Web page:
Report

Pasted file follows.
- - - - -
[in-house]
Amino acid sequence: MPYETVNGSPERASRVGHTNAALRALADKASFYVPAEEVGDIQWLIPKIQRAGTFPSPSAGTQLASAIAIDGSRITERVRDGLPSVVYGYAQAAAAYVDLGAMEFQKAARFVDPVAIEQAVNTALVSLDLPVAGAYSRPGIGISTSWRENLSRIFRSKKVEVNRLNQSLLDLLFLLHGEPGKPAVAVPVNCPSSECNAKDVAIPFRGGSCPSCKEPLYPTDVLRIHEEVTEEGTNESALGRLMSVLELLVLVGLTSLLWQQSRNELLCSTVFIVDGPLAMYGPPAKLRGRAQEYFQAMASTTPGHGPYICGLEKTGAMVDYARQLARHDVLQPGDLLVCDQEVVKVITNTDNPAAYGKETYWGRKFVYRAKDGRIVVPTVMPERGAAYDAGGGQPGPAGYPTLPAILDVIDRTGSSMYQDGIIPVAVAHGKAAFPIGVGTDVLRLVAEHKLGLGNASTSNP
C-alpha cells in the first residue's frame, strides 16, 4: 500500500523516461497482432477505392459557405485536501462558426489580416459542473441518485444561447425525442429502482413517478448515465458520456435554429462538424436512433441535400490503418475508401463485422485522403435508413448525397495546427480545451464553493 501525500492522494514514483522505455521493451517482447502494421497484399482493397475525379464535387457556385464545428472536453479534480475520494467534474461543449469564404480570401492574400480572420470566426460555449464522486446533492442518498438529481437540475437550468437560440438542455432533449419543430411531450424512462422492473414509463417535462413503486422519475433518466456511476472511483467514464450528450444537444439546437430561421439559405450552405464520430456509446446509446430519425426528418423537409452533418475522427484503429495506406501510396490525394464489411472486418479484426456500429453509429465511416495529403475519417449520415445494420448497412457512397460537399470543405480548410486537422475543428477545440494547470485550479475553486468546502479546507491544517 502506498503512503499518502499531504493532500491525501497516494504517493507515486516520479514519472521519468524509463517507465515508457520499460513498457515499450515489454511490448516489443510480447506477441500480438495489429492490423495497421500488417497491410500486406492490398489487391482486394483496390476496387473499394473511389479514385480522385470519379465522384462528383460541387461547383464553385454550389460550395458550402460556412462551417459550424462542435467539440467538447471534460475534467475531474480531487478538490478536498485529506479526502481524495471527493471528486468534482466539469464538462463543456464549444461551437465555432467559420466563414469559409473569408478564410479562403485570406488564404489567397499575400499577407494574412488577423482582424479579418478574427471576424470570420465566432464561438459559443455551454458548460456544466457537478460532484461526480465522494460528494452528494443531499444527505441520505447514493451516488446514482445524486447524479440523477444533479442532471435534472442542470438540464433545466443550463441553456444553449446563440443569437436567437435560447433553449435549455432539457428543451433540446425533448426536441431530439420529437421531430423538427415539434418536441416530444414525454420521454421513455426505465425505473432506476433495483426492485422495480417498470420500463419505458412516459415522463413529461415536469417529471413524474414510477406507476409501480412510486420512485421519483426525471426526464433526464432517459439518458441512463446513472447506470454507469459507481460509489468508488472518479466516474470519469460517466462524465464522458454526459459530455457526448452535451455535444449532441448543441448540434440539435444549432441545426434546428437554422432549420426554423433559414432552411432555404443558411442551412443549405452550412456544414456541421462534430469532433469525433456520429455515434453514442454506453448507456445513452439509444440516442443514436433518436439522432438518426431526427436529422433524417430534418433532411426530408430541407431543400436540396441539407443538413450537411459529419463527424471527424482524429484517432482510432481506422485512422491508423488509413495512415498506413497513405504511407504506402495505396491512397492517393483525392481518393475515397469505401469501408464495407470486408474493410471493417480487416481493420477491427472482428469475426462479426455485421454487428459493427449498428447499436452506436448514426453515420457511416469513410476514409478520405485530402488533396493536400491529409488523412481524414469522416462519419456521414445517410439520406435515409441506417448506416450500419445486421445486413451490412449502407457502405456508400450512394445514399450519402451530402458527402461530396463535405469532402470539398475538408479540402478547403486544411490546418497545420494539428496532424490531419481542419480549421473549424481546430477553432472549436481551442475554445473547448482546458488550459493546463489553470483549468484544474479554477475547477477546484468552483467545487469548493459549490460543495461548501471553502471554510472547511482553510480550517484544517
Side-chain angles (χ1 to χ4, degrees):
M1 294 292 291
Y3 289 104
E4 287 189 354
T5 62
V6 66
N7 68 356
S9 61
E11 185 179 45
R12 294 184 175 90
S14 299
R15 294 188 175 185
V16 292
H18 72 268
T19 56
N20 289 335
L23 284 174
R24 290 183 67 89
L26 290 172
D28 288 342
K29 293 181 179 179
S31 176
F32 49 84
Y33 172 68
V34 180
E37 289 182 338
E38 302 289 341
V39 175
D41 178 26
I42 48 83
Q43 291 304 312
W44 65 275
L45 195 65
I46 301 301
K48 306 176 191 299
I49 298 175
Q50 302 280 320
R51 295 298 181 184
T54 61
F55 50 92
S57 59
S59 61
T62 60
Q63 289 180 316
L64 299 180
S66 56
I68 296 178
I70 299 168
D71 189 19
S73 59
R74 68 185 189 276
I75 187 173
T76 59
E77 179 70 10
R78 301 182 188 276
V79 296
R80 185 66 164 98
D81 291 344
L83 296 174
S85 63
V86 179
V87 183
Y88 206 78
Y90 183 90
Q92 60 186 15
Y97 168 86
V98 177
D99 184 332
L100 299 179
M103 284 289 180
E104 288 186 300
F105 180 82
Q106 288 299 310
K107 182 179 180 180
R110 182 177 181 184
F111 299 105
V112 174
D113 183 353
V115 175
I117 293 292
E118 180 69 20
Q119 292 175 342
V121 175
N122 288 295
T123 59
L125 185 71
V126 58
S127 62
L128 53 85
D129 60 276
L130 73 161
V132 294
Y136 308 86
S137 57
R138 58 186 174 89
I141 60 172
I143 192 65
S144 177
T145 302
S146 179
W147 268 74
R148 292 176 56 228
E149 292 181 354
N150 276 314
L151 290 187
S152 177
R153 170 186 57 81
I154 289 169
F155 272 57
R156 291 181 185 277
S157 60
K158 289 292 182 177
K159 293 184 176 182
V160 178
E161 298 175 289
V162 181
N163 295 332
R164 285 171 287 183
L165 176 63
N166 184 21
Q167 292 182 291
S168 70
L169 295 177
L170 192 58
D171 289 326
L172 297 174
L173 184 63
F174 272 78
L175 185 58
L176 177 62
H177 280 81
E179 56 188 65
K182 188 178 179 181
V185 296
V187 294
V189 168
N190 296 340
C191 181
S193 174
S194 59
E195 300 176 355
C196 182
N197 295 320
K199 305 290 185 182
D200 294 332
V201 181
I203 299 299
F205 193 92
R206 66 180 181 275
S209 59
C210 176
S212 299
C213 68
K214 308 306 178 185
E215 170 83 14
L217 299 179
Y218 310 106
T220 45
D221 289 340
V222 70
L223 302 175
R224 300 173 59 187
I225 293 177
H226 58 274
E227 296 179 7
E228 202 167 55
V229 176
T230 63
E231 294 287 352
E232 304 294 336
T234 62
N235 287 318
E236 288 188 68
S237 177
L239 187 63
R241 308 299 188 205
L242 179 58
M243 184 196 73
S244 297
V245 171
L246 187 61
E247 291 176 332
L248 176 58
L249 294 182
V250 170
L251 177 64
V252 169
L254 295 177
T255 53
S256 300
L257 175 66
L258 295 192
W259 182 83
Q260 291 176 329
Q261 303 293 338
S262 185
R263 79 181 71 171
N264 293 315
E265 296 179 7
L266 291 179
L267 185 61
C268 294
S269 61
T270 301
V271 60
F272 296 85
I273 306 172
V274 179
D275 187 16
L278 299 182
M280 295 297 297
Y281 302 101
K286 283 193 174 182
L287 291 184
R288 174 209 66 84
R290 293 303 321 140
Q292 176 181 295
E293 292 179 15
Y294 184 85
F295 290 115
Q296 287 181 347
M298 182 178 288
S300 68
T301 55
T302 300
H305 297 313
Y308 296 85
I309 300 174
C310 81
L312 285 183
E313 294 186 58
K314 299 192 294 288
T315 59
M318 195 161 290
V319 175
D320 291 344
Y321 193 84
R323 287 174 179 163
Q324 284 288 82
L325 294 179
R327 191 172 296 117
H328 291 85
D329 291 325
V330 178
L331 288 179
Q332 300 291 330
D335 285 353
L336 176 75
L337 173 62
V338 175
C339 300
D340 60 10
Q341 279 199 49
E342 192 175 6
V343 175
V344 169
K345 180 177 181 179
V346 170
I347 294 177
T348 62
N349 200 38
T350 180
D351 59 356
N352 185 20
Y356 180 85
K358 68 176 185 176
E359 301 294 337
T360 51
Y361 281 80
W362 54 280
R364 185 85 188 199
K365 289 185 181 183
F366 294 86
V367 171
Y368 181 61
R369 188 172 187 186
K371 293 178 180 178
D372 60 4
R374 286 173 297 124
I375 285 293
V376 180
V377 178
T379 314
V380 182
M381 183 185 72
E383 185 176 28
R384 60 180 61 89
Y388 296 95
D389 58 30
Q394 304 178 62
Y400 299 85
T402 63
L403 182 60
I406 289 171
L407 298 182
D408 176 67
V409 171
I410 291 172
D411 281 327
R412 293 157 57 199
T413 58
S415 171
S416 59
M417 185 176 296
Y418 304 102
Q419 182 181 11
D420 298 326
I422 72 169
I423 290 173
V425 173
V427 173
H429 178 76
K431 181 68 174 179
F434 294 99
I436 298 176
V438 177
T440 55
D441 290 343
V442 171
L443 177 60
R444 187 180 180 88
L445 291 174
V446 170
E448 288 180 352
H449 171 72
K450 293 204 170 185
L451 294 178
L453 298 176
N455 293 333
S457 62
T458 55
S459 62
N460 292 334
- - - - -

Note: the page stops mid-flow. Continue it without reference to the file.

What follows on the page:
Red-Black Trees CIS 606 Spring 2010 Red-black trees • A variation of binary search trees. • Balanced: height is O(lg n), where n is the number of nodes. • Operations will take O(lg n) time in the worst case. Red-black trees • A red-black tree is a binary search tree + 1 bit per node: an attribute color, which is either red or black. • All leaves are empty (nil) and colored black. • We use a single sentinel, T.nil, for all the leaves of redblack tree T . • T.nil.color is black. • The root’s parent is also T.nil. • All other attributes of binary search trees are inherited by red-black trees (key, left,right, and p). We don’t care about the key in T.nil. Red-black properties 1. 2. 3. 4. Every node is either red or black. The root is black. Every leaf (T.nil) is black. If a node is red, then both its children are black. (Hence no two reds in a row on a simple path from the root to a leaf.) 5. For each node, all paths from the node to descendant leaves contain the same number of black nodes. Example Height of a red-black tree • Height of a node is the number of edges in a longest path to a leaf. • Black-height of a node x: bh(x) is the number of black nodes (including T.nil) on the path from x to leaf, not counting x. By property 5, black-height is well defined. Height of a red-black tree • Claim Any node with height h has black-height ≥ h/2. • Proof By property 4, ≤ h/2 nodes on the path from the node to a leaf are red. Hence ≥ h/2 are black. Height of a red-black tree • Claim The subtree rooted at any node x contains ≥ 2bh(x) - 1 internal nodes. • Proof By induction on height of x. • Basis: Height of x = 0 ⇒ x is a leaf ⇒ bh(x) = 0. The subtree rooted at x has 0 internal nodes. 20 - 1 = 0. • Inductive step: Let the height of x be h and bh(x) = b. Any child of x has height h - 1 and black-height either b (if the child is red) or b -1 (if the child is black). By the inductive hypothesis, each child has ≥ 2bh(x) - 1 - 1 internal nodes. Thus, the subtree rooted at x contains ≥ 2 ∙ (2bh(x) - 1 - 1) + 1 internal nodes. (The +1 is for x itself.) Height of a red-black tree • Lemma • A red-black tree with n internal nodes has height ≤ 2 lg(n + 1). • Proof Let h and b be the height and blackheight of the root, respectively. By the above two claims, n ≥ 2b - 1 ≥ 2h/2 – 1. • Adding 1 to both sides and then taking logs gives lg(n + 1) ≥ h/2, which implies that h ≤ 2 lg(n +1). Operations on red-black trees • The non-modifying binary-search-tree operations MINIMUM, MAXIMUM, SUCCESSOR, PREDECESSOR, and SEARCH run in O(height) time. Thus, they take O(lg n) time on red-black trees. • Insertion and deletion are not so easy. • If we insert, what color to make the new node? – Red? Might violate property 4. – Black? Might violate property 5. • If we delete, thus removing a node, what color was the node that was removed? – Red? OK, since we won’t have changed any black-heights, nor will we have created two red nodes in a row. Also, cannot cause a violation of property 2, since if the removed node was red, it could not have been the root. – Black? Could cause there to be two reds in a row (violating property 4), and can also cause a violation of property 5. Could also cause a violation of property 2, if the removed node was the root and its child — which becomes the new root — was red. Rotations • The basic tree-restructuring operation. • Needed to maintain red-black trees as balanced binary search trees. • Changes the local pointer structure. (Only pointers are changed.) • Won’t upset the binary-search-tree property. • Have both left rotation and right rotation. They are inverses of each other. • A rotation takes a red-black-tree and a node within the tree Rotations Rotations • The pseudocode for LEFT-ROTATE assumes that – x.right ≠ T.nil, and – root’s parent is T.nil. • Pseudocode for RIGHT-ROTATE is symmetric: exchange left and right everywhere. Example Insertion Insertion • RB-INSERT ends by coloring the new node z red. – Then it calls RB-INSERT-FIXUP because we could have violated a red-black property. • Which property might be violated? 1. OK. 2. If z is the root, then there’s a violation. Otherwise, OK. 3. OK. 4. If z.p is red, there’s a violation: both z and z.p are red. 5. OK. Insertion Insertion • Loop invariant: • At the start of each iteration of the while loop, a. z is red. b. There is at most one red-black violation: – Property 2: z is a red root, or – Property 4: z and z.p are both red. Insertion • Initialization: We’ve already seen why the loop invariant holds initially. • Termination: The loop terminates because z.p is black. Hence, property 4 is OK. Only property 2 might be violated, and the last line fixes it. • Maintenance: We drop out when z is the root (since then z.p is the sentinel T.nil, which is black). When we start the loop body, the only violation is of property 4. • There are 6 cases, 3 of which are symmetric to the other 3. The cases are not mutually exclusive. We’ll consider cases in which z.p is a left child. • Let y be z’s uncle (z.p’s sibling). Loop invariant Loop invariant Loop invariant Analysis Deletion Deletion Deletion • Differences between RB-TRANSPLANT and TRANSPLANT: – RB-TRANSPLANT references the sentinel T.nil instead of NIL. – Assignment to v.p occurs even if v points to the sentinel. In fact, we exploit the ability to assign to v.p when v points to the sentinel. • RB-DELETE has almost twice as many lines as TREE-DELETE, but you can find each line of TREEDELETE within RB-DELETE (with NIL replaced by T.nil and calls to TRANSPLANT replaced by calls to RB-TRANSPLANT). Differences between RB-DELETE and TREE-DELETE • y is the node either removed from the tree (when z has fewer than 2 children) or moved within the tree (when z has 2 children). • Need to save y’s original color (in y-original-color) to test it at the end, because if it’s black, then removing or moving y could cause red-black properties to be violated. • x is the node that moves into y’s original position. It’s either y’s only child, or T.nil if y has no children. • Sets x.p to point to the original position of y’s parent, even if x = T.nil. x.p is set in one of two ways: • If z is not y’s original parent, x.p is set in the last line of RB-TRANSPLANT. • If z is y’s original parent, then y will move up to take z’s position in the tree. The assignment x.p = y makes x.p point to the original position of y’s parent, even if x is T.nil. • If y’s original color was black, the changes to the tree structure might cause red-black properties to be violated, and we call RB-DELETE-FIXUP at the end to resolve the violations. Differences between RB-DELETE and TREE-DELETE • If y was originally black, what violations of red-black properties could arise? 1. No violation. 2. If y is the root and x is red, then the root has become red. 3. No violation. 4. Violation if x.p and x are both red. 5. Any simple path containing y now has 1 fewer black node. – Correct by giving x an “extra black.” – Add 1 to count of black nodes on paths containing x. – Now property 5 is OK, but property 1 is not. • x is either doubly black (if x.color = BLACK) or red & black (if x.color = RED) The attribute x.color is still either RED or BLACK. No new values for color attribute. In other words, the extra blackness on a node is by virtue of x pointing to the node. • ! • ! Remove the violations by calling RBDELETE-FIXUP: Idea • Move the extra black up the tree until – x points to a red & black node ⇒ turn it into a black node, – x points to the root ⇒ just remove the extra black, or – we can do certain rotations and recolorings and finish. • Within the while loop: – x always points to a nonroot doubly black node. – w is x’s sibling. – w cannot be T.nil, since that would violate property 5 at x.p. • There are 8 cases, 4 of which are symmetric to the other 4. As with insertion, the cases are not mutually exclusive. We’ll look at cases in which x is a left child. Case 1 Case 2 Case 3 Case 4 Analysis • O(lg n) time to get through RB-DELETE up to the call of RB-DELETE-FIXUP. • Within RB-DELETE-FIXUP: – – – – Case 2 is the only case in which more iterations occur. x moves up 1 level. Hence, O(lg n) iterations. Each of cases 1, 3, and 4 has 1 rotation ⇒ ≤ 3 rotations in all. – Hence, O(lg n) time.